Building a Home VO Recording Studio
- Build a Home Voice Over Studio on a Budget
- Great Ideas to Improve a Home Voice Over Booth
- Essential Equipment for a Voice Over Booth
Building a home voice over studio on a budget can open up a world of creative and financial possibilities. You could launch a new podcast or earn extra income recording voice overs online.
My friend Andy Chevalier is an actor and voice over artist and I was really impressed by his micro-home studio for recording voice over that fit inside a cupboard!
What’s great about Andy’s studio is that it maximises a small space with some really great ideas that cover all of the essential details to make a home voice over studio both comfortable and productive.
If you’re looking for an in-depth article on picking The Best Microphone for Recording Voice Over check out this popular previous post for suggestions and tips!
How to build a VO Studio for under $1200
Here you can see Andy’s complete home voice over studio which fits into a cupboard in his living room.
The whole studio is only
- 46cm/16.5 inches wide
- 172cm/67.7 inches high
- 87cm/34 inches deep
Which makes for a snug fit but Andy has made use of every inch of space with some clever ideas like wall-mounted iPads (as a second screen), drink holders and USB interfaces.
Even the plug sockets are wall mounted to keep things off the floor and as tidy as possible.
Having a wall-mounted cupholder is also a great idea – even for an edit suite! – because it means that a) you’ll stay hydrated whilst recording voice overs and b) you’re far less likely to knock it over across your expensive electronics.
The total price of everything Andy has is about $1,250/£1,000 – if you take out the price of the iPad and the laptop. Add those back in and it comes to about $3000/£2,500.
To expand the screen-real estate Andy is using the iPad app Duet, which was recently updated to include a virtual version of the new Macbook Pro’s Touchbar (scroll to the bottom!). This allows him to keep Logic Pro X front and centre on his Macbook Air to monitor his recordings.
The mesh pop shield that comes with the Rode NT1A bundle is what is sitting in front of the mic. This is the same microphone that I went with when I put together this post on The Best Microphone for Recording Voice Over.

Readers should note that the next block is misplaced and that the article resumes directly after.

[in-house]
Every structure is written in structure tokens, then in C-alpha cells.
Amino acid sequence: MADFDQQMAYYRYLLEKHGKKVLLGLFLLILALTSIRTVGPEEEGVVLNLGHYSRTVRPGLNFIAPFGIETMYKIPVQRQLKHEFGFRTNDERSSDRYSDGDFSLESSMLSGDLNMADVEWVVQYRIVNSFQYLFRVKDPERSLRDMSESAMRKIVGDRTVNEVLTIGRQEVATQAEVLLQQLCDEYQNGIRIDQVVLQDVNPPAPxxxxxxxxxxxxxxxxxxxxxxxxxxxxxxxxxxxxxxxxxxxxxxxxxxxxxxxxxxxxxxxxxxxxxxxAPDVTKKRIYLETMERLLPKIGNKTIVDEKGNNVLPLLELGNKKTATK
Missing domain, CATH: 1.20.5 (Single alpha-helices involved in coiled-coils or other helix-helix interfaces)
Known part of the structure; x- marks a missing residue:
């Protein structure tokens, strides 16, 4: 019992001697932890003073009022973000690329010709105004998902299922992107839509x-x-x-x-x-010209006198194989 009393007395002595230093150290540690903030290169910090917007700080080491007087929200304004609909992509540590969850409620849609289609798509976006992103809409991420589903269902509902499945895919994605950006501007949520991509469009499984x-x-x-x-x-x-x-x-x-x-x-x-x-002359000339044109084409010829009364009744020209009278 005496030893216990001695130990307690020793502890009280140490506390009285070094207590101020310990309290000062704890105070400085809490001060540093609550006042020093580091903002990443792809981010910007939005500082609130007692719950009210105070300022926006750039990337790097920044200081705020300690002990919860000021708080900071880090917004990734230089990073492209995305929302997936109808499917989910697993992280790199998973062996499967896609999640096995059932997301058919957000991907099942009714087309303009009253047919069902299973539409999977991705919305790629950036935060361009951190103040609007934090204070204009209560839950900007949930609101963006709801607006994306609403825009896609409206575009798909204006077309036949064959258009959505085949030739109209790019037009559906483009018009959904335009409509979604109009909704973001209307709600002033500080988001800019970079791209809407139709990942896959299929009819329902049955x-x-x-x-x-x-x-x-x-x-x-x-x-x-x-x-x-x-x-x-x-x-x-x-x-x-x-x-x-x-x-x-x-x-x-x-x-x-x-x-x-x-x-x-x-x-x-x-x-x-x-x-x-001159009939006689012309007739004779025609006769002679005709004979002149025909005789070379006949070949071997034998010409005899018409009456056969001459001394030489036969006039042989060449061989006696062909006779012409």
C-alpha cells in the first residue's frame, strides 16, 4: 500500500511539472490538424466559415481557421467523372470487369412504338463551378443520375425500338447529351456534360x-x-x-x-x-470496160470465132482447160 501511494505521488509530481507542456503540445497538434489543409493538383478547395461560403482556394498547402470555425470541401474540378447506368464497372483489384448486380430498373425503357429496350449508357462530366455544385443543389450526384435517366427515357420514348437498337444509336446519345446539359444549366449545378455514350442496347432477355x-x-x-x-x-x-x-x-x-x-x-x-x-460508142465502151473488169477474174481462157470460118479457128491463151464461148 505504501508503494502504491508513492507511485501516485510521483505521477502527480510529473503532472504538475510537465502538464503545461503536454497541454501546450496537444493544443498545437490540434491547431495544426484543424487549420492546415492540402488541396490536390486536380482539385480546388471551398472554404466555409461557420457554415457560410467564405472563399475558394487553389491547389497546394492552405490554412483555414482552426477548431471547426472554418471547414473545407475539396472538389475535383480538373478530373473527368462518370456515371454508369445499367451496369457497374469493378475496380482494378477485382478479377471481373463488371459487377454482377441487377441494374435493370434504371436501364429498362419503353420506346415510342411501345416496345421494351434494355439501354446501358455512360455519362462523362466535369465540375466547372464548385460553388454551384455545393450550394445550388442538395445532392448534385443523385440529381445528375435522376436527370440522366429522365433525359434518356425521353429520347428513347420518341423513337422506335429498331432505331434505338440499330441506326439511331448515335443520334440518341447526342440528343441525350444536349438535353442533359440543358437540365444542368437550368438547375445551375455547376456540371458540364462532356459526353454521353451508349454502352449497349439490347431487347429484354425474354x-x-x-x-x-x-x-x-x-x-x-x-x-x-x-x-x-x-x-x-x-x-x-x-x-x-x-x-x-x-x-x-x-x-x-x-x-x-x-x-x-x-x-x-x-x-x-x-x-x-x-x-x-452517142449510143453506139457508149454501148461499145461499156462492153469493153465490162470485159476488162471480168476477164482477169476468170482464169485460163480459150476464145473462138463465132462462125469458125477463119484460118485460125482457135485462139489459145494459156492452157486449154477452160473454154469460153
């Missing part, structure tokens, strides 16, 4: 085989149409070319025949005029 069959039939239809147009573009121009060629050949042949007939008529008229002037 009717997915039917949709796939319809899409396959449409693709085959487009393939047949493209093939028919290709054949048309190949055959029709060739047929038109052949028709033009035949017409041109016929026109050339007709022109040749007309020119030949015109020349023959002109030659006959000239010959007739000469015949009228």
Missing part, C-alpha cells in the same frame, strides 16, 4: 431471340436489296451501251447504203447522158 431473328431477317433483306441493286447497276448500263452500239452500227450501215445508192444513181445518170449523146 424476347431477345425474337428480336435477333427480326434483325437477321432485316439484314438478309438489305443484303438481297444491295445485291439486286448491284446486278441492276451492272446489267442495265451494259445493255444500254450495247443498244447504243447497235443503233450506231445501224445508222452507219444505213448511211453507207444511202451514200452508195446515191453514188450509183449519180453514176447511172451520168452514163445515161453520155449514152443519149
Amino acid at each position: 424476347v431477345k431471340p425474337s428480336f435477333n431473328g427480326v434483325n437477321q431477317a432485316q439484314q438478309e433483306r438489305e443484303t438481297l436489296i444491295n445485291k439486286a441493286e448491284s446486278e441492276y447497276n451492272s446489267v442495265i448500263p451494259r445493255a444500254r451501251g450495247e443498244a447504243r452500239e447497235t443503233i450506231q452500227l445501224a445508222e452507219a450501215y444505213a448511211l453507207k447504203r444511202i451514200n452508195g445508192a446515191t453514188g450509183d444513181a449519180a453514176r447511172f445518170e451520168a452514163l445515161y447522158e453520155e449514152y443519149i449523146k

Andy also keeps an old sock handy to cover the microphone when it’s not in use, although the microphone does ship with a travel bag to effectively do the same thing.
The wall mounted audio USB interface Andy has is the Apogee Duet. This gets the audio from the microphone into the laptop. The Apogee has a super slim form factor that helps save space and makes it easy to mount to the wall with a bit of velcro.
However the Apogee is a more expensive solution than I would recommend if you’re starting out, and requires an XLR to USB adaptor. If you jump down to the equipment list below you can grab a Focusrite Scarlett Solo 2nd Gen for $99/£79, which is about a fifth of the cost of the Apogee!
At the top of the photo you can see that Andy has added a hook to store his Beyerdynamic DT770 Pro headphones out of the way, which is a nice touch. These are the very same headphones that I personally recommend in my post on What are the Best Headphones for Film Editors.
The webcam is nice an lightweight and sits on top of the reflection filter. This allows clients to provide live feedback over Skype during a recording session.
When it comes to sound treatment, in order to deaden the space inside the booth, Andy has made creative use of a couple of different elements.
First of all the entire booth is lined with thick furniture moving blankets as well as some old carpet in a few places. This removes reflections and echo from hard surfaces. He has also cut up some foam footballs and glued and or velcro’d them to the ceiling, again disrupting any sonic reflections. Finally, although it’s hard to see in the photo, he has added some foam padding to the corners of the booth near the door. All of this helps to improve the quality of his voice over recordings.
On the desk Andy also has an external laptop cooling pad which helps to keep the Macbook Air running at a lower temperature and stops the fans from kicking in during a recording session.
All in all I think Andy has done a great job retrofitting a cupboard into a snug and effective home voice over recording studio. Check out some of Andy’s voice over samples here.
The only caveat I would add to Andy’s studio is that, if you can (and you have the space), try to make the studio a standing booth because it helps to open up the diaphragm and will lead to better performances over longer sessions.
Note – In the first image I’ve randomly called the Reflection Filter a ‘Reflector Shield’, this is just an error on my part!
Everything you need for a Home VO Recording Booth
If you like what you see and want to check out a specific piece of equipment from Andy’s home studio build, then use the links below to find the same products on Amazon’s Global Stores in your country.
Essential VO Studio Equipment List
Microphone – Rode NT1A with pop shield and cable
USB Audio Interface – Apogee Duet
Cheaper USB Audio Interface – Focusrite Scarlett Solo 2nd Gen (Amazon No.1 Best Seller)
Reflection Filter – sE Electronics SEE-RF Reflection Filter
iPad Wall Mount – Dockem Koala Damage Free iPad Wall Mount
Webcam – Tracknet C016 720p
iPad – iPad Air 2
Voice Over Recording Software
iPad as Second Screen – Duet iPad app
Audio Recording Software – Logic Pro X
Wall and Ceiling Lining – Professional Furniture Moving Blankets
Foam Footballs – Coast Athletic High Density Foam Ball
Foam Block – Smoothfoam Block – Craft Modelling Foam
Laptop Cooling Pad – HAVIT HV-F2056 (Amazon No.1 Best Seller)
Cupholder – Baby Stroller Cup Holder (mount it with a screw)
Trendy Lightbulb – Vintage Edison LED Bulb CMYK Dimmable